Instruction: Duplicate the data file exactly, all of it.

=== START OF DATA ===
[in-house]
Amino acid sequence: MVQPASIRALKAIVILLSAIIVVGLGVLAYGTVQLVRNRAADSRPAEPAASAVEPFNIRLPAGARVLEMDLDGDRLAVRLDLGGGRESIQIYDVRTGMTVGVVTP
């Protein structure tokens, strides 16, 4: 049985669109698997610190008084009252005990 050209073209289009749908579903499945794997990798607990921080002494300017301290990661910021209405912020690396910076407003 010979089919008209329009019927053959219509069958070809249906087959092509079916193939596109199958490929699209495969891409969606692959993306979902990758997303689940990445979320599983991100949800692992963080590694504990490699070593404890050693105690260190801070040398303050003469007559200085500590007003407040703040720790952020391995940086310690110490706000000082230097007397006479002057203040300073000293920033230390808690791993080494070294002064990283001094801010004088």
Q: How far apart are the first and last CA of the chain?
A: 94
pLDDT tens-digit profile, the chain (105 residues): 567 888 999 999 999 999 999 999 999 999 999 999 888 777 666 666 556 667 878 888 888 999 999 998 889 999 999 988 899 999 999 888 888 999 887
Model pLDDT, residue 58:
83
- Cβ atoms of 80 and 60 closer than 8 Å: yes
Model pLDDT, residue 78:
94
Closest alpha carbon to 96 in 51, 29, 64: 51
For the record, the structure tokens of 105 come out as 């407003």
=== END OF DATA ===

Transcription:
[in-house]
Amino acid sequence: MVQPASIRALKAIVILLSAIIVVGLGVLAYGTVQLVRNRAADSRPAEPAASAVEPFNIRLPAGARVLEMDLDGDRLAVRLDLGGGRESIQIYDVRTGMTVGVVTP
């Protein structure tokens, strides 16, 4: 049985669109698997610190008084009252005990 050209073209289009749908579903499945794997990798607990921080002494300017301290990661910021209405912020690396910076407003 010979089919008209329009019927053959219509069958070809249906087959092509079916193939596109199958490929699209495969891409969606692959993306979902990758997303689940990445979320599983991100949800692992963080590694504990490699070593404890050693105690260190801070040398303050003469007559200085500590007003407040703040720790952020391995940086310690110490706000000082230097007397006479002057203040300073000293920033230390808690791993080494070294002064990283001094801010004088």
Q: How far apart are the first and last CA of the chain?
A: 94
pLDDT tens-digit profile, the chain (105 residues): 567 888 999 999 999 999 999 999 999 999 999 999 888 777 666 666 556 667 878 888 888 999 999 998 889 999 999 988 899 999 999 888 888 999 887
Model pLDDT, residue 58:
83
- Cβ atoms of 80 and 60 closer than 8 Å: yes
Model pLDDT, residue 78:
94
Closest alpha carbon to 96 in 51, 29, 64: 51
For the record, the structure tokens of 105 come out as 């407003």